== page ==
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Court orders UK prison officers to end walkout over safety

Associated Press Associated Press 15/11/2016
Prison officers stand outside Liverpool Prison as they strike over health and safety concerns, in Liverpool, England, Tuesday, Nov. 15, 2016. Britain’s High Court has ordered thousands of prison officers to end a walkout over rising violence behind bars. embers of the Prison Officers Association protested Tuesday by stopping work, though they said they would respond to emergencies.( Peter Byrne/PA via AP) © The Associated Press Prison officers stand outside Liverpool Prison as they strike over health and safety concerns, in Liverpool, England, Tuesday, Nov. 15, 2016. Britain’s High Court has ordered thousands of prison officers to end a walkout over rising violence behind bars. embers of the Prison Officers Association protested Tuesday by stopping work, though they said they would respond to emergencies.( Peter Byrne/PA via AP)

LONDON — Britain's High Court ordered thousands of prison officers on Tuesday to end a walkout over rising violence behind bars.

Members of the Prison Officers Association had walked off the job Tuesday morning, although they said they would respond to emergencies. They called the walkout a protest, rather than a strike.

Prison guards are barred from striking and the government asked the court to rule the protest unlawful.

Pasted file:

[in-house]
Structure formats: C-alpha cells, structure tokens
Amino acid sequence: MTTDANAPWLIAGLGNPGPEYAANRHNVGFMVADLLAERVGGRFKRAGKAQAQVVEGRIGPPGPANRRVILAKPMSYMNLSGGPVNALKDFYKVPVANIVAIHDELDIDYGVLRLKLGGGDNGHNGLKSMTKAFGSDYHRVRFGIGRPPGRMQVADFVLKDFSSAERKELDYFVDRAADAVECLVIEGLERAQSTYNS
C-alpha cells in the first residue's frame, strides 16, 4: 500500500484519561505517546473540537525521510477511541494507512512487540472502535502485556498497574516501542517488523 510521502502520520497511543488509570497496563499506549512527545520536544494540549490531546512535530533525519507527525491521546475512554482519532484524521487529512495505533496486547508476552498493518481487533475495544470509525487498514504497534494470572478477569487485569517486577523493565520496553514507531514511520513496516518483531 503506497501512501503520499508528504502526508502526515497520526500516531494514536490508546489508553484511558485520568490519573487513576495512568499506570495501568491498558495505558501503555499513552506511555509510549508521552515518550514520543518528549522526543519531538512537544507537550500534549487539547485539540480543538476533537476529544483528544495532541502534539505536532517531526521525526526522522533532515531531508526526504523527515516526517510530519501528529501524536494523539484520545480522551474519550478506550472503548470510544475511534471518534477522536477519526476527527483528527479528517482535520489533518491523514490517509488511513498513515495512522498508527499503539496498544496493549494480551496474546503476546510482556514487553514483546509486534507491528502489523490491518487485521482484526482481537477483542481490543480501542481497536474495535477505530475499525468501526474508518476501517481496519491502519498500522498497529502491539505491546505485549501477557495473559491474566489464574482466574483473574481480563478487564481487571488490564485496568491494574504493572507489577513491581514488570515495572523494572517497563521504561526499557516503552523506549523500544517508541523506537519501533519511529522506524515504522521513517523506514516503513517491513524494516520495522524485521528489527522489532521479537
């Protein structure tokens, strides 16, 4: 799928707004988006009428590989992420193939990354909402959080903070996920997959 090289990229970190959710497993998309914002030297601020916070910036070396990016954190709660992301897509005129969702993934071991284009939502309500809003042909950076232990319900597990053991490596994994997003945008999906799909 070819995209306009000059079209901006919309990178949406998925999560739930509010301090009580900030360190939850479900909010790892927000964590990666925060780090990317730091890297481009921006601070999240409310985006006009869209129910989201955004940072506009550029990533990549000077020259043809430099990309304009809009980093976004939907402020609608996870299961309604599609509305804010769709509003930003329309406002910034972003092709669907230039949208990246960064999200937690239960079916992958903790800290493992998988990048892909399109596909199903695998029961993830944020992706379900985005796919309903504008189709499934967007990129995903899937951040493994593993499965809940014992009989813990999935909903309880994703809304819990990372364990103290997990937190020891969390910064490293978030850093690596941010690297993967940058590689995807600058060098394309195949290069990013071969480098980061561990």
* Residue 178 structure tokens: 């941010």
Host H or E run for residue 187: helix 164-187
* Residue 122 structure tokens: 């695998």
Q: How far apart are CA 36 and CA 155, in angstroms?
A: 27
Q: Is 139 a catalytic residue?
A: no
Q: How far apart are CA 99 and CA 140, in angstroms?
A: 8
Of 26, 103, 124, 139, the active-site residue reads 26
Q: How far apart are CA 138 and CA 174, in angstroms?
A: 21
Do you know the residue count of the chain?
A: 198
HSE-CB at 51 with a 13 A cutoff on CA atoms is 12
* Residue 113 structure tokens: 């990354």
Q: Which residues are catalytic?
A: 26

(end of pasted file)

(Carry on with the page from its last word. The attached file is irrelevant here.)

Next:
Judge Tim Kerr said the guards should go back to work. He said "a number of incidents have occurred in prisons today and the situation is very concerning indeed."

Justice Secretary Liz Truss said the walkout was "actively putting people at risk of harm," but a lawyer for the prison officers' union said it was the Conservative government that had failed in its duty to provide "a safe place and a system of work."

Prison staffers say government cuts have made their jobs more dangerous and worsened conditions for prisoners.

The union says prison violence and inmate suicides are rising. Earlier this month, 200 prisoners rioted at Bedford Prison in southern England, and two inmates escaped from London's Pentonville Prison.

The government says it is recruiting 2,000 new guards to bolster the system, but the union says "the service is in meltdown," with poor morale making it hard to retain staff.

Tuesday's walkout led to court hearings being abandoned because prisoners couldn't appear in court. Jurors in the murder trial of Thomas Mair, the man accused of killing lawmaker Jo Cox, were sent home for the day.

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